Lois Dalphinis

Drawing Room – A Work In Progress

The ‘readiness‘ of the post-modern climate allows for artists such as Tomoko Takahasi to emerge; to address and expand on the process of creativity and its application, encouraging an alternate form of understanding and perspective.  Takahasi’s work fosters a potential to change perspectives governing established modes of representation.

The population, with all its social, political and artistic connotations, devices and ephemera, appear to be the fertilization for artists from the modern art tradition. Echoes of this can be seen in other works by the artist, particularly with her reworking of the popular word processing program by Microsoft. ‘WordPerhect‘, which gracefully allows us to address how personality is produced and a chance for us to address our relationship to it as a ‘thing’ in itself.

Contemporary societies dedicated-habit seems to be fostering the business of artificial beauty via their products.  This architecture of artificial beauty, the introduction to utter decadence coexistent in parallel to the symbolic transformation of disaster assimilated in the citizen and the environment.  Represented by Martin Parrs “Common Sense“, the detritus of modern living is the full frontal greeting that Tate Modern Curators wittingly position as we leave the spaces housing the past of Cubism, Futurism and Votricism.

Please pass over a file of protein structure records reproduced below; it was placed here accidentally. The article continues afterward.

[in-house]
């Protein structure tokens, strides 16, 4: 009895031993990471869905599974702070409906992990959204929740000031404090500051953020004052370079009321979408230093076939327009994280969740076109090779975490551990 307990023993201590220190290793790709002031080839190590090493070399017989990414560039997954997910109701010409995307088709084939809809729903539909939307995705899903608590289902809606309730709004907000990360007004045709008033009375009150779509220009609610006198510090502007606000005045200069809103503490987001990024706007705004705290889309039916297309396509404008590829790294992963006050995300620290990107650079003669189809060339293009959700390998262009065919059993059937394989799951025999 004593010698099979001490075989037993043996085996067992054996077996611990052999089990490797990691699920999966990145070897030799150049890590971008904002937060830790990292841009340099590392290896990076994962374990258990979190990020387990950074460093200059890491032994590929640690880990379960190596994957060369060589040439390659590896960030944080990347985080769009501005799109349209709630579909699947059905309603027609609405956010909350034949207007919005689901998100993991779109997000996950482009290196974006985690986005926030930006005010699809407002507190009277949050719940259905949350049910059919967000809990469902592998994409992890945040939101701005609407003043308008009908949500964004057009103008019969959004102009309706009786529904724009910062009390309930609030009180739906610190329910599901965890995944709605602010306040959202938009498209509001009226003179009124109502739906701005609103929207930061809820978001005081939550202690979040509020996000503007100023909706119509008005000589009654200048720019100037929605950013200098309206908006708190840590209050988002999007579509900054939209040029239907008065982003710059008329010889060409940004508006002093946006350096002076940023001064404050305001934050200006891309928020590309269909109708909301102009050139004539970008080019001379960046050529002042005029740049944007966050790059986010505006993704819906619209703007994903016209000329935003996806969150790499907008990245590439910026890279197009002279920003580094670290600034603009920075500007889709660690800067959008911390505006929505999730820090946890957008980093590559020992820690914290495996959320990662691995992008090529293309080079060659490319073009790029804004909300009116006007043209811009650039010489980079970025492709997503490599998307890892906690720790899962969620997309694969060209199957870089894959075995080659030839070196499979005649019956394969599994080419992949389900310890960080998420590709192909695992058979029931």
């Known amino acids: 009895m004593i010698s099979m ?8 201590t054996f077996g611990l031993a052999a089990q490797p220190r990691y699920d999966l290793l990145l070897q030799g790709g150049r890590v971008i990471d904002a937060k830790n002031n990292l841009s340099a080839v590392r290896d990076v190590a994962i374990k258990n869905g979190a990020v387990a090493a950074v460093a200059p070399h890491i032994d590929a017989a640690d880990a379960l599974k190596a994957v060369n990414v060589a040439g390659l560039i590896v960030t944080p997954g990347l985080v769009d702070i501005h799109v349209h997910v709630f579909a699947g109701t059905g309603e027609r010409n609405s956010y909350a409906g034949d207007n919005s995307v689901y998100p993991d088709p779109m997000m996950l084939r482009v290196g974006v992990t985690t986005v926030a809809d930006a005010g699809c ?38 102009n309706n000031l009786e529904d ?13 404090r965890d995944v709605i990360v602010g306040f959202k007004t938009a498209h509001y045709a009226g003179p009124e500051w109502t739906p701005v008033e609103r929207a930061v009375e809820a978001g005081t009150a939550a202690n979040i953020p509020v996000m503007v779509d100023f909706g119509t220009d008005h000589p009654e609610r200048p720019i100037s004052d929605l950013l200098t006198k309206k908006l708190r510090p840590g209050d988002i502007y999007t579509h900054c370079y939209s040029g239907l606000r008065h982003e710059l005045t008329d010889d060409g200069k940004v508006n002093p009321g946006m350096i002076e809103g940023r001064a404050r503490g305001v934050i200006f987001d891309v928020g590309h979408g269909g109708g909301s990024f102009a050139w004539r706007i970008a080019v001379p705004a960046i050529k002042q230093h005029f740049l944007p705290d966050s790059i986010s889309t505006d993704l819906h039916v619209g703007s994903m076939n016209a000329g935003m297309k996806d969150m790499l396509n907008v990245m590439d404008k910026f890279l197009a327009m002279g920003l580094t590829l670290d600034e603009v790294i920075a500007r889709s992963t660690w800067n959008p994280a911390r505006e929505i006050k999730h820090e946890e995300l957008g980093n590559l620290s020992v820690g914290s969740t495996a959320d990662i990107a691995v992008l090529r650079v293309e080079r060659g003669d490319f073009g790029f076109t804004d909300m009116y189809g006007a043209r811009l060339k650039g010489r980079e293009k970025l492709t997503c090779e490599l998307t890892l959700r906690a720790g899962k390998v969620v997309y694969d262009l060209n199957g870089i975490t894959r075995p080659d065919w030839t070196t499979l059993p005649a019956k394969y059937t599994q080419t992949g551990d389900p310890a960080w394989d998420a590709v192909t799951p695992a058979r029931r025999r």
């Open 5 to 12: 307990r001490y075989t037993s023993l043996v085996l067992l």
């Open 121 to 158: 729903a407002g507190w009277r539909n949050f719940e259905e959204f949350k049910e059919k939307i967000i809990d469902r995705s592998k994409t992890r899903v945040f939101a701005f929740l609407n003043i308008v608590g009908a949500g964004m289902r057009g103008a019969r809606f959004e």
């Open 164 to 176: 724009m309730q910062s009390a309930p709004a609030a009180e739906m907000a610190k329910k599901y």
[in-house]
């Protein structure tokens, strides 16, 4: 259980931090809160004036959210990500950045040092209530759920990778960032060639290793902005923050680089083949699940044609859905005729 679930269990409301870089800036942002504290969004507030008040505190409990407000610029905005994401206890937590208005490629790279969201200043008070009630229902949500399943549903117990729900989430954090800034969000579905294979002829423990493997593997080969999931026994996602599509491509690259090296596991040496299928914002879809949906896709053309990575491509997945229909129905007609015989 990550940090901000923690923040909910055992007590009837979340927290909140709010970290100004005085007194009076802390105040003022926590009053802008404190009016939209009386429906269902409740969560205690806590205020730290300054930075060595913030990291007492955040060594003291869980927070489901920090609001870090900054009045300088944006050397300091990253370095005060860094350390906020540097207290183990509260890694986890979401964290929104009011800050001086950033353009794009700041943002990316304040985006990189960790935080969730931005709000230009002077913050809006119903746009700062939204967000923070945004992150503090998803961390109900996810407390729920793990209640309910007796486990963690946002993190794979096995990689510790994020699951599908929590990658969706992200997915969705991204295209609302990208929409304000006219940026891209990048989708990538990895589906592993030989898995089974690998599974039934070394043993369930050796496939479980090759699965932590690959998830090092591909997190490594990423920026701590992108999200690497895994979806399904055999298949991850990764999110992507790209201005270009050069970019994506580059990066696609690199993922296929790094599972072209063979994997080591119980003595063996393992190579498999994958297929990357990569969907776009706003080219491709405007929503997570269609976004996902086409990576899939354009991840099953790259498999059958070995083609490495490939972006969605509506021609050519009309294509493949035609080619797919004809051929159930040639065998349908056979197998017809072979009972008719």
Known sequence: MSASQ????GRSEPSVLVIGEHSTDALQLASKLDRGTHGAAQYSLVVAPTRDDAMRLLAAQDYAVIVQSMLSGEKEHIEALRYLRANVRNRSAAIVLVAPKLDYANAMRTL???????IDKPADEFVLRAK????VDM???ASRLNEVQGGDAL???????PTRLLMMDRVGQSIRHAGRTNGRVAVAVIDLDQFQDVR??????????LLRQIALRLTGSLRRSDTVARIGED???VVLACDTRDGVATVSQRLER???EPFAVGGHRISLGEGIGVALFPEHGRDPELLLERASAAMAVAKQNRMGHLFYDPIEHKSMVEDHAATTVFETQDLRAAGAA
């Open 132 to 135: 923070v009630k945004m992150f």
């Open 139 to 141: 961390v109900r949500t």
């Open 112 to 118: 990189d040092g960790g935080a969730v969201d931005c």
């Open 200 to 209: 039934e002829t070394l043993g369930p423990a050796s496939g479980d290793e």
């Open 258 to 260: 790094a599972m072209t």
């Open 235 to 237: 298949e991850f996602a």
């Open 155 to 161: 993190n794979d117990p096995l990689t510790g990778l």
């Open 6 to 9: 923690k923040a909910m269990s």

Tomoko TakahashiThe ingrained notions of movement, and speed, presented via the art and indeed our journey through the exhibition, present a multi-faceted point of view. The realization and reflection of excess of modern consumption, is denoted in Parrs use of saturated colour, as is the contrasting blues and orange of “the knife grinder” by Malevich.  You are at odds to decide as to the pleasure or pain of this visual carnival.

Takahasi directly addresses the viewer via her immediacy and absence.  The overriding sensation of action in situ connotes a work in progress. Someone was at work here, and whilst her absence is felt, we also are aware of her presence in the overwhelming amount of work which surrounds us.

– Lois Dalphinis, 2006

( ©  2010,  Dalphinis Publications)

 

NOTE: Read more about the Drawing Room Installation via the Tate Modern Site. You can also  find out more about Martin Parr via the same site.

Art Terms: “Ready Made” applied from 1915 to a commonplace prefabricated object isolated from its functional context and elevated to the status of art by the mere act of an artist’s selection. (MoMa Collection)

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